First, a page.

Glixel recently conducted an interview with Gearbox Software CEO and President Randy Pitchford, where the site asked some questions about the Nintendo Switch and third-party support. Randy Pitchford had lengthy explanations for them, as you can see down below.
G: You’ve been in the news this past week about your Nintendo Switch comments on Twitter. What happened with you and Nintendo? Because it sounds like there was some initial enthusiasm on your part.
RP: I love Nintendo and I think the Switch is awesome. I can’t wait. I’ve been a Nintendo fan my entire life, and literally the first game my wife and I played together when we were teenagers was on the NES. One of the things I’ve struggled with Nintendo is I’ve always loved their portable experience, but I’ve always hated that the best Nintendo has to offer goes on their console. From the moment I had a Game Boy up through the most recent iterations of the DS, I’ve loved having that Nintendo portable with me that I can game with, with a really high quality game experience wherever I go. But I’ve hated that it’s always felt a little compromised compared to the big bets Nintendo would make on their console platform.
Well, now that’s one and the same. The very best that Nintendo has to offer as creators will exist simultaneously in console and portable versions, which I think is amazing and exciting. A bunch of people mentioned to me that I’ve gotten some attention for something. Sometimes, when I go to the bathroom, I’ll get on Twitter and I’ll just kind of look at what people are tweeting at me and I’ll sometimes respond to some of them.
Somebody asked me, “Hey, is there any chance of Borderlands coming to the Switch?” and I said “Probably not.” I don’t remember my exact words, but [I said] we were talking to them, but I think they have other priorities. And it’s not a slight, they’ve got to drive their business. Nintendo tends to be at their best when they’re giving us their best experiences with their properties. I think there might be some scenarios where if the Switch becomes a place where there’s a huge number of customers, and it doesn’t compromise the experience that we’re making – there could be a scenario where us or Take-Two and 2K decide to take the effort to make it happen. But we can’t really think about that right now. And Nintendo, I think wisely, can’t prioritize forcing that to happen. I think they’re better off. What it would take for them to guarantee that we exist on the Switch would be better spent by them doing the things they’re best at. It wasn’t meant as a slight, it’s just the reality of priorities.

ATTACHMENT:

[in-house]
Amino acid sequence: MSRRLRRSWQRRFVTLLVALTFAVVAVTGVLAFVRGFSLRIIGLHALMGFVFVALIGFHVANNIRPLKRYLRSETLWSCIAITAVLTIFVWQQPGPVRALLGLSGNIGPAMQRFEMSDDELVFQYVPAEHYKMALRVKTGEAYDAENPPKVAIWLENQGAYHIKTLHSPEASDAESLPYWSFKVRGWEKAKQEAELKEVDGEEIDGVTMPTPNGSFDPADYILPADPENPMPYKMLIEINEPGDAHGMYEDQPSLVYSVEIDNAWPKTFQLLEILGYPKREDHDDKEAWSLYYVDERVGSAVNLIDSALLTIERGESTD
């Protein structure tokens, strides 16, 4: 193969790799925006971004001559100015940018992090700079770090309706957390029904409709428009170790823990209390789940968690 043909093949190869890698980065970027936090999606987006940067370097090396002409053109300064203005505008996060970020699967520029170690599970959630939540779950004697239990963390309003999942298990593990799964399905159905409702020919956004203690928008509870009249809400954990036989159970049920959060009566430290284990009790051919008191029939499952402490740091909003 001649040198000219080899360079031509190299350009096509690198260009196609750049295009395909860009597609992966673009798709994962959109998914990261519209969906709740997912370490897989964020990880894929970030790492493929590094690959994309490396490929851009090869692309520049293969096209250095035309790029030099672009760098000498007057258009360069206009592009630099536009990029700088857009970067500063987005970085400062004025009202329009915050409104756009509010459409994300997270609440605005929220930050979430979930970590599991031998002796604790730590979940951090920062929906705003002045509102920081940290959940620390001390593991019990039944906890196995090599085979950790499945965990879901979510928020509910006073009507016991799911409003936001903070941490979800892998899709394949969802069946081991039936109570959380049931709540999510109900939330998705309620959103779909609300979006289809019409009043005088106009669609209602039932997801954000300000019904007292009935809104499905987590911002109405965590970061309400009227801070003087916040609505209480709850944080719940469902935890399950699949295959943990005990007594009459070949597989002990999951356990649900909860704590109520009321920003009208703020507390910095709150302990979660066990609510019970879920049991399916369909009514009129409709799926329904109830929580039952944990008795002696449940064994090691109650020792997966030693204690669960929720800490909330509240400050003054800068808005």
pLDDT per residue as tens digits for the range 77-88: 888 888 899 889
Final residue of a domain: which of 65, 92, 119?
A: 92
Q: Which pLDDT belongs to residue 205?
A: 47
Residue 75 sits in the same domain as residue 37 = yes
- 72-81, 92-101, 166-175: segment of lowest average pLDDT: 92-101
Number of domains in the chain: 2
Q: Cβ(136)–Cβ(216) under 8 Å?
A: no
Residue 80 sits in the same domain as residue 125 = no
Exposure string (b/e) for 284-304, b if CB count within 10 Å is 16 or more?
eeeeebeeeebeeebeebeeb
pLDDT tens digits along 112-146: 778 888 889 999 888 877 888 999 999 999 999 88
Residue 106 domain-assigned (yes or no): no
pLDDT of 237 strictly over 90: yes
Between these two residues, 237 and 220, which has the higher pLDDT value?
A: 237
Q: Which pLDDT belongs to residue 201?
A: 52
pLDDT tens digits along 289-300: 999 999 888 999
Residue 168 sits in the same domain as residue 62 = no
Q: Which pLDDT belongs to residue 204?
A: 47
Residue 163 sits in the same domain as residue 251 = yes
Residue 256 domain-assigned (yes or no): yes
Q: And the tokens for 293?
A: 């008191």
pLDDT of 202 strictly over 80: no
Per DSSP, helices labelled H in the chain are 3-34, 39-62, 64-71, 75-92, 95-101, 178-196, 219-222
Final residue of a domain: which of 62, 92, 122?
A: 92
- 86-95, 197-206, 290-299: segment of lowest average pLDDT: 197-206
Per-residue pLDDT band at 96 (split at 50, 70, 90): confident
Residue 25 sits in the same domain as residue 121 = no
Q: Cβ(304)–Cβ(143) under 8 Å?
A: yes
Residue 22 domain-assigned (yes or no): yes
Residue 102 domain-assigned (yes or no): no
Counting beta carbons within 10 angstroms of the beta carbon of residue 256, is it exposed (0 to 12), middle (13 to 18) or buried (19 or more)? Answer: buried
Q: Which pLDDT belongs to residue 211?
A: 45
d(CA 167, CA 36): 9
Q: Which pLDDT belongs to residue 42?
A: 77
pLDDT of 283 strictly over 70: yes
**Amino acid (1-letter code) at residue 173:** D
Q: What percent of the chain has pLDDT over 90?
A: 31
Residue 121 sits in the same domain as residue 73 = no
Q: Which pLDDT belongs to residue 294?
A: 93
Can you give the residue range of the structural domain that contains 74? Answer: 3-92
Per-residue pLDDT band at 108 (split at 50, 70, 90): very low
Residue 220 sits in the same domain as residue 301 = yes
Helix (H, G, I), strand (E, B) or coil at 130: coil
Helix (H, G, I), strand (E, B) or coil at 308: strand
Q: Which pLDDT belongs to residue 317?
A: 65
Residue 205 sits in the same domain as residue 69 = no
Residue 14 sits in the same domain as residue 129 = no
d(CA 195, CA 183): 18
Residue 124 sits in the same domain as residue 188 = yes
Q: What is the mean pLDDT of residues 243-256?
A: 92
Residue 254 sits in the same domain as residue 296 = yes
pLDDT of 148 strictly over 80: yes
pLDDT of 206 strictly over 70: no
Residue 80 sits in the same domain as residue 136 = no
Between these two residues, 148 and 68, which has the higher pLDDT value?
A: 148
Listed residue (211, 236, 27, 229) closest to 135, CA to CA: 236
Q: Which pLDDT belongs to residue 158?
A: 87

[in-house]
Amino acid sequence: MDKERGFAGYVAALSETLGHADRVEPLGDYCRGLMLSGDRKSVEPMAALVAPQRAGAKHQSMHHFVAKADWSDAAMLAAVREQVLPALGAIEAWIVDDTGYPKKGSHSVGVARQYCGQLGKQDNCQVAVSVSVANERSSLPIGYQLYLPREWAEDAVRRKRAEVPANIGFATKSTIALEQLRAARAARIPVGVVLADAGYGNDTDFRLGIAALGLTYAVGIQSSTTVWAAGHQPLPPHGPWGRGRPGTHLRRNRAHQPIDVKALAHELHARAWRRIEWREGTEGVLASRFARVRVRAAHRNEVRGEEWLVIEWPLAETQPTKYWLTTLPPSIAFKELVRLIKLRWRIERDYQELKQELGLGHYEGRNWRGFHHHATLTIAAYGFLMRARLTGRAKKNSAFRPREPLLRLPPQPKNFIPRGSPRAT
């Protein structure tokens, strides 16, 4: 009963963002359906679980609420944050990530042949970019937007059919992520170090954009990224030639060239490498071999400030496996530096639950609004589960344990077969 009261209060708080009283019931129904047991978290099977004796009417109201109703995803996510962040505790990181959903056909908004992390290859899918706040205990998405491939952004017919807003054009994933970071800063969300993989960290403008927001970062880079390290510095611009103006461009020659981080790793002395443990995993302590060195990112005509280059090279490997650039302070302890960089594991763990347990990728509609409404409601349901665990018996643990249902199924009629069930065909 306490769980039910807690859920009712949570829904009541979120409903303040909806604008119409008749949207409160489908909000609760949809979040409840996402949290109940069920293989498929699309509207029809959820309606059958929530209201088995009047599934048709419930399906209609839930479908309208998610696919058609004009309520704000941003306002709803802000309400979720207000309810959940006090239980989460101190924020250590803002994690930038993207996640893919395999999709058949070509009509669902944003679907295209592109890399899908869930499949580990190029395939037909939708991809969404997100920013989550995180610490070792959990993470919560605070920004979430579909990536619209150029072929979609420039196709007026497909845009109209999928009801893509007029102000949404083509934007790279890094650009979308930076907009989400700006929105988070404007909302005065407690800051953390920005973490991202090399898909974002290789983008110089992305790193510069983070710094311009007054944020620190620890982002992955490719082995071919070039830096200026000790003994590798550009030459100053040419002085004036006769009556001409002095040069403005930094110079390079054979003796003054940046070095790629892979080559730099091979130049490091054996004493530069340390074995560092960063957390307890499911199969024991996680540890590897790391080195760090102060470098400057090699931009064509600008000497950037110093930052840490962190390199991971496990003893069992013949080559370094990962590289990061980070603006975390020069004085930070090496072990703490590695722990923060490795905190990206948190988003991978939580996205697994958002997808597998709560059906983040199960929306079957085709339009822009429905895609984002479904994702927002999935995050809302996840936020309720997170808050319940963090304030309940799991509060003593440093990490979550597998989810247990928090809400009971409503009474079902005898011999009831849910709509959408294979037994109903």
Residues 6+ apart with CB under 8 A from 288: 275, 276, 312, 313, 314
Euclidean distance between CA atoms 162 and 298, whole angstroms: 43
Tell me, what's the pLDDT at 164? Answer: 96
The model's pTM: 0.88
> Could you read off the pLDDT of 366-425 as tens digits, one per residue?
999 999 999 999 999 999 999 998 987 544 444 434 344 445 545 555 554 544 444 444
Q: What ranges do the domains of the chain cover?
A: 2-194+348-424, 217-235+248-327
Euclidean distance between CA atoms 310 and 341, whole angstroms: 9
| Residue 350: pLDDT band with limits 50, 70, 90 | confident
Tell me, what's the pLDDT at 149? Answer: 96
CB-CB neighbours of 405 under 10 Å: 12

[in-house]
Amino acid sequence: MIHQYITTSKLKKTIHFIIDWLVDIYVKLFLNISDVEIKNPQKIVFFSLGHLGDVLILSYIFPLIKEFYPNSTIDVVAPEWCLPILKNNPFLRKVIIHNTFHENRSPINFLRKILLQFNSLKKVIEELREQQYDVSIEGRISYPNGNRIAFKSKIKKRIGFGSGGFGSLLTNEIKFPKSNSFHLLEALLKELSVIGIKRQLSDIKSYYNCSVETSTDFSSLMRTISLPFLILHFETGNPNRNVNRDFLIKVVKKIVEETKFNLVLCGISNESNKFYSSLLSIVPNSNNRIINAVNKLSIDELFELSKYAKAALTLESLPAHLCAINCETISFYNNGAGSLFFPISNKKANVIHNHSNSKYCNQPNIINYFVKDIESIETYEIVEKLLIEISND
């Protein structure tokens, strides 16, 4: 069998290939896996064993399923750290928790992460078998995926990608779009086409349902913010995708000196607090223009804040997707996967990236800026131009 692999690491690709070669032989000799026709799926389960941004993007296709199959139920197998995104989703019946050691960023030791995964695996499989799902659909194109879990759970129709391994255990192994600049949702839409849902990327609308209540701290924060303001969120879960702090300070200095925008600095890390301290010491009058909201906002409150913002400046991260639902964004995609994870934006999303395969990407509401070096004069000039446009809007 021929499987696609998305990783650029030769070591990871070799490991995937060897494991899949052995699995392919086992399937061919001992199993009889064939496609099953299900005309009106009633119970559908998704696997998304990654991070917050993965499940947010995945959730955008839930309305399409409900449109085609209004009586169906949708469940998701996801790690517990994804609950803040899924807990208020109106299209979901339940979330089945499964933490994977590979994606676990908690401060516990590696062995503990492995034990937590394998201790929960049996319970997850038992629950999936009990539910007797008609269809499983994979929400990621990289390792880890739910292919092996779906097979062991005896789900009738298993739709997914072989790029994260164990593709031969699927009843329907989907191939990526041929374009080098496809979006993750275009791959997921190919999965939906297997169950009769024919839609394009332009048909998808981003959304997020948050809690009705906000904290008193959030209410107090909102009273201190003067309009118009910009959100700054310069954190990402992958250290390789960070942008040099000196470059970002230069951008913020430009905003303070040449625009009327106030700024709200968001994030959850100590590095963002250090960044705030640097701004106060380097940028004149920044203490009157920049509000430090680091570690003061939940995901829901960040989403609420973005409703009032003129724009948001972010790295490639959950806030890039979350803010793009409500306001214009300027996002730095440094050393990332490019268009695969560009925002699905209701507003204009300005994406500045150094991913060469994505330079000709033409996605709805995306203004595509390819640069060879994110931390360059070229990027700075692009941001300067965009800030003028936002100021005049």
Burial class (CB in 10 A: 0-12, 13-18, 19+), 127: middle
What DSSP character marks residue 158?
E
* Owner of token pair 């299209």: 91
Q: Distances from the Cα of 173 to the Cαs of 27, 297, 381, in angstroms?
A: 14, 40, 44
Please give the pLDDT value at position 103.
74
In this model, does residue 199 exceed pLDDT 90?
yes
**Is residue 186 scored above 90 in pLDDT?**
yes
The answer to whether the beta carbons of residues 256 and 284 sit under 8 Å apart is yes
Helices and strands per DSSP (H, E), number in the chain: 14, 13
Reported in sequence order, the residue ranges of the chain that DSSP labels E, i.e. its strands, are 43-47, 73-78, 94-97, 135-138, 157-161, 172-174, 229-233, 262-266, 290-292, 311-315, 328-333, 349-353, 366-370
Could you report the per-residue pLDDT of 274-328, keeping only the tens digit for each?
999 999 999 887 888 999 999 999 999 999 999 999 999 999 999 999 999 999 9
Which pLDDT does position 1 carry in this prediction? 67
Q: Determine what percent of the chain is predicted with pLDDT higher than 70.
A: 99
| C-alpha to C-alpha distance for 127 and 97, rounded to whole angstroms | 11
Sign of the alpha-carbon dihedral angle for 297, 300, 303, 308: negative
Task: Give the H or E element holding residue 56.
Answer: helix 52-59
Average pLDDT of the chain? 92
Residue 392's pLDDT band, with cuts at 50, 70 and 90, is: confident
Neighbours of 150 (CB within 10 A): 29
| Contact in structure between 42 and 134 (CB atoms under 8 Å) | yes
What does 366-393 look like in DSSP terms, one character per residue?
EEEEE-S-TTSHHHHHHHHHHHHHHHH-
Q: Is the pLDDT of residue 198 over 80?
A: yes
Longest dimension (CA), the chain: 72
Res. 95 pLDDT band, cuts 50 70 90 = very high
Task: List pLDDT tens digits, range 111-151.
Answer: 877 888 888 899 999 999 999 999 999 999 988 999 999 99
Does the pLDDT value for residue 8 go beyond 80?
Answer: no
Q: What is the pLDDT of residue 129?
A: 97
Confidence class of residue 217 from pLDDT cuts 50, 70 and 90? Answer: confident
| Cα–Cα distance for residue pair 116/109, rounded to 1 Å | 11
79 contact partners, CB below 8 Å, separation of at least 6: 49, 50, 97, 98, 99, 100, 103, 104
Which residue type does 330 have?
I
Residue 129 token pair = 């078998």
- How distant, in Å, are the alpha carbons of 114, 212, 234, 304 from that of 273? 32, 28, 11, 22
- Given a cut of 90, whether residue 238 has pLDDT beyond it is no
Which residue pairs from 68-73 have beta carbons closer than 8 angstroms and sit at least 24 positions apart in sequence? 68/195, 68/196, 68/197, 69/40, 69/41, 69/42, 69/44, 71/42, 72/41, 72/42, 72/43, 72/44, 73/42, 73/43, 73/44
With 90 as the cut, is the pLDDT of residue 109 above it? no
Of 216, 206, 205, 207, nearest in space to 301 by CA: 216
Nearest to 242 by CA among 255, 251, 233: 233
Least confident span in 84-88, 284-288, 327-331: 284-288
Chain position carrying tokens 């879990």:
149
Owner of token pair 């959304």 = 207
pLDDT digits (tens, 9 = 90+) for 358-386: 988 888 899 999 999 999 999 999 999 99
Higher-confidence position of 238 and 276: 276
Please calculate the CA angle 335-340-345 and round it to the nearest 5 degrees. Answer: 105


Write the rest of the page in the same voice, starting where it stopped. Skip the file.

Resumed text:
G: Does that mean you felt like you weren’t able to get an arrangement that was mutually beneficial between both of you? Is that why the talks kind of petered out?
RP: Some of that depends on what game you’re talking about. If you’re talking about the big franchises we have that Take-Two has been publishing for us, a lot of that business-level stuff is out of my hands. When we commit to Take-Two to be a publisher, it becomes their mission to figure out what arrangements are made with various partners for how it reaches the world.
Nintendo, in my opinion… they’re more awesome toward third parties than I’ve ever experienced them, so I’m afraid anything I say here’s going to sound like a slight. But it’s still not enough of an engagement to force things to happen, that wouldn’t happen just naturally. If that makes sense.
G: It totally makes sense. Ever since the Super Nintendo days, it feels like third parties haven’t been a huge priority for Nintendo. They’re off doing their own thing.
RP: And, look it doesn’t matter. There’s probably a handful of people who would really love to have a great Borderlands experience that you can have on a screen about that size, that you can carry around with you. But most of the people who want the kind of big stuff that we’re doing are totally happy to do it on their television with their PlayStations and their Xboxes. And Nintendo’s not going to win by trying to take people away from that. They’re going to win by offering something that those guys can’t offer, which is exactly what they’re doing and should be doing. That’s where they should dedicate their resources. And I think they’re really smart for doing it, and it’s kind of what I want from them as a gamer.
I don’t know if I’d call it a mistake, but sometimes, I’ll let people in on a little point of view, and then somehow everything gets misconstrued as this, like, horrible competition, or this Game of Thrones scenario. It’s like Jesus, man, we’re all just trying to entertain the world and everybody’s just doing the best they can. Everybody tends to get along on the industry level, especially when we have means of collaborating. It bugs me that I can make a random reply to a random guy when, I’m just saying, “No, they have other priorities.” And they should. Anyone who’s smartly looking at it thinks that makes a lot of sense. But as a consequence of folks reading into that, somebody probably distracted some people who are probably pretty busy at Nintendo for a minute to think about this and wonder what I meant by it. We shouldn’t be spending our mind share on that. That’s what fucking politicians should be doing. Not game makers. We should be focused on what matters, which is creating good experiences for people.